Roseville Child Suffers Birth Injuries, Part 1 of 3

(Please note: the names and locations of all parties have been changed to protect the confidentiality of the proceedings.)

Plaintiffs’ Trial Brief on the Quality of Parents’ Care (Hanif)


This is a medical negligence action wherein the minor Plaintiff, DANIEL YAMAMOTO, a Roseville resident, suffered severe birth injuries. Each Defendant and their witnesses have no basis for making any reference to (1) the issue of the parents’ quality of care or (2) to a claim that the minor Plaintiff’s damages may be limited by the fact that the parents or relatives of the minor Plaintiff have in the past provided, and may in the future continue to provide, some attendant care for the minor Plaintiff.

1. The quality of the parents’ care is irrelevant. The defense has no admissible testimony that the quality of care given to the minor child has in any manner contributed to the brain damaged condition from which the child suffers. Such testimony is excludable as irrelevant (Evid. Code § 210) and unduly time consuming and prejudicial (Evid. Code § 352).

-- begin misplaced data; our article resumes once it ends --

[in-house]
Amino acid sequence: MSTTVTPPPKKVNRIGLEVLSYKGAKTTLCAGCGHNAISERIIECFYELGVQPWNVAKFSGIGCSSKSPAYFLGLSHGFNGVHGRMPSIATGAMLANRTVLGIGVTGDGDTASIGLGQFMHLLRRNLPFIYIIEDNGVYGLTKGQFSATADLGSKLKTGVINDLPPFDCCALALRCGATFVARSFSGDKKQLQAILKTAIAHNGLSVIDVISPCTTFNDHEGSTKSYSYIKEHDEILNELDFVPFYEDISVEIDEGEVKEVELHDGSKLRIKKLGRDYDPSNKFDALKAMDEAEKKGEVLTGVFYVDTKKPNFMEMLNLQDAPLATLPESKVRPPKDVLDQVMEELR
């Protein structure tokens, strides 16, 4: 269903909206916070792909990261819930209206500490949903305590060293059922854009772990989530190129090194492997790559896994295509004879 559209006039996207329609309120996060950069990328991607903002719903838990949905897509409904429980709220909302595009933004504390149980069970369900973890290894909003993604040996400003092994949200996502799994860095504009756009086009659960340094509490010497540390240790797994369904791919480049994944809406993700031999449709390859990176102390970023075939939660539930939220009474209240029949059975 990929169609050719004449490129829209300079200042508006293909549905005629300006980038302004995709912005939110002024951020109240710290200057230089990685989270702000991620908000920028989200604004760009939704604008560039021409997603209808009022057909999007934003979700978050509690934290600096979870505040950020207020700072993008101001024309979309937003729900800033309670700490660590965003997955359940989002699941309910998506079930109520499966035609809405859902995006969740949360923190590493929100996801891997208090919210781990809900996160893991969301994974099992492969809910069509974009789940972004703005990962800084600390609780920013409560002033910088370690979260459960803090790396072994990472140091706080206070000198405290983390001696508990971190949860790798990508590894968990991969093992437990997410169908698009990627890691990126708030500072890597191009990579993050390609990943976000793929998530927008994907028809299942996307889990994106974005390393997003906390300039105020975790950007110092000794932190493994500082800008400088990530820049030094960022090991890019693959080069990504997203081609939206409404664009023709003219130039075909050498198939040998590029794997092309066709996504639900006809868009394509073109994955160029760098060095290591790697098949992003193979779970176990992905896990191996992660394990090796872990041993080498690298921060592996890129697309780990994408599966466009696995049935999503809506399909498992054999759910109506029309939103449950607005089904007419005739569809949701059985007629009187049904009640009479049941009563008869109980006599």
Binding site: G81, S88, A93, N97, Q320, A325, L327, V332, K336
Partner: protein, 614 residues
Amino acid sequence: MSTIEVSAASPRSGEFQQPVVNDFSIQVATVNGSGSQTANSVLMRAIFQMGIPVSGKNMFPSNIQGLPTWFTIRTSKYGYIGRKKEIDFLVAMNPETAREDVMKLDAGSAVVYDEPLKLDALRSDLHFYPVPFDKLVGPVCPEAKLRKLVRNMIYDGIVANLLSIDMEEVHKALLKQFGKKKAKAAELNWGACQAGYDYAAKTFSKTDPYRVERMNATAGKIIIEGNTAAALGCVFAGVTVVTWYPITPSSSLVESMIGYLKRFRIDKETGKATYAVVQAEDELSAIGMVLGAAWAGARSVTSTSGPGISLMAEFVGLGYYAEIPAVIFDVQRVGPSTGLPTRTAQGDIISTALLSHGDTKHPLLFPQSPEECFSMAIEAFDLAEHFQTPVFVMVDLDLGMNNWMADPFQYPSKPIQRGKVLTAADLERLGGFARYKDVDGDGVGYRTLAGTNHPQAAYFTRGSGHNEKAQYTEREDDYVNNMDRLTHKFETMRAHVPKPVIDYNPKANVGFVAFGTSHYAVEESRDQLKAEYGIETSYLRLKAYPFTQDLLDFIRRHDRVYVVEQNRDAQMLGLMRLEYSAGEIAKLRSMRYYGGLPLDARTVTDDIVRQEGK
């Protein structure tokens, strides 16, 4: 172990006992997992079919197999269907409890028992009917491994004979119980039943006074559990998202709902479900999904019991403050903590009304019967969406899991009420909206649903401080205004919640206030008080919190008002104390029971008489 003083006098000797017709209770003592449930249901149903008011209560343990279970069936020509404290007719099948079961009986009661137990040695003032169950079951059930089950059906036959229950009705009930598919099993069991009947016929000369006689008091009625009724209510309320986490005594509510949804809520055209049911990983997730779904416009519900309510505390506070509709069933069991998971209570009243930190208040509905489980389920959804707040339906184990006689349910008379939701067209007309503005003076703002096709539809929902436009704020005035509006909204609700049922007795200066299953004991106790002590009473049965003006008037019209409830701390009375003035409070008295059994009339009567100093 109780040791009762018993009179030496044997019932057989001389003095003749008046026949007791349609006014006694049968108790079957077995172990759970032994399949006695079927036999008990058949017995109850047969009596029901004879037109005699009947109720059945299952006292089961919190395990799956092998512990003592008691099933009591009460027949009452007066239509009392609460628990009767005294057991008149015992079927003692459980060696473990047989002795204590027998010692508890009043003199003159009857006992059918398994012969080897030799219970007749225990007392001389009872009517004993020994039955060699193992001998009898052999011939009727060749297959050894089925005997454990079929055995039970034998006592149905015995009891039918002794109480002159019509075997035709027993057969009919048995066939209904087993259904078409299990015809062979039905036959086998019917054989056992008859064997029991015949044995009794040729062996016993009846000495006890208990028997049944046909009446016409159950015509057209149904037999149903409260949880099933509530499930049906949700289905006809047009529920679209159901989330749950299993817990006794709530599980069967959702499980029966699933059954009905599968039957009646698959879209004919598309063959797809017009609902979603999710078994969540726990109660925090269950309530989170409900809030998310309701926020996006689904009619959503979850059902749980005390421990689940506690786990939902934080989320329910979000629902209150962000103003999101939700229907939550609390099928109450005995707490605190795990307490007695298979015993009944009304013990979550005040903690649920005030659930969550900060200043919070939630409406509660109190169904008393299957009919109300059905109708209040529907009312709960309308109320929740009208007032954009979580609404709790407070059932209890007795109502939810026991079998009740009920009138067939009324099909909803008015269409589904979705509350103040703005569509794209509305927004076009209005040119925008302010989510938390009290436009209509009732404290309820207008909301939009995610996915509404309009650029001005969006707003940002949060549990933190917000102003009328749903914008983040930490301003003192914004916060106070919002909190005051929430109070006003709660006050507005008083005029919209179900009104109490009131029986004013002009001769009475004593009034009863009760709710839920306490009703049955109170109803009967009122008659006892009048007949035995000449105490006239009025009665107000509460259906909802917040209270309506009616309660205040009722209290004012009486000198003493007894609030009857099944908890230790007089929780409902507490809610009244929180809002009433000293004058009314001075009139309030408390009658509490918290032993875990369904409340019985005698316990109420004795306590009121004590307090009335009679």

2. The cost of the minor’s care is not reduced because the parents may provide some care. Further, the defense cannot bring up the issue of the quality of the care given to the minor by the parents in order to reduce the damages. Where it is undisputed that the minor Plaintiff will require attendant care for the rest of his life, the jury’s function is to determine the reasonable level and cost of such care to be included as plaintiff’s damages. The jury function is not to determine who will provide the care (Hanifv. Housing Authority (1988) 200 Cal. App.3d 635, 644). Based upon this clear authority, Plaintiffs attach a proposed jury instruction regarding the holding in Hanif.

Allowing the defendants to suggest to the jury that the minor Plaintiff’s damages may be limited or discounted because of the attendant care that may be provided by the parents or relatives in the future is extremely prejudicial to the Plaintiffs’ case without any probative value, since such an implication, having the effect of limiting Plaintiffs’ damages, would reward a negligent defendant by allowing him to shift his liability to the family of the injured minor child. (See Part 2 of 3.)

For more information you are welcome to contact Sacramento personal injury lawyer, Moseley Collins.

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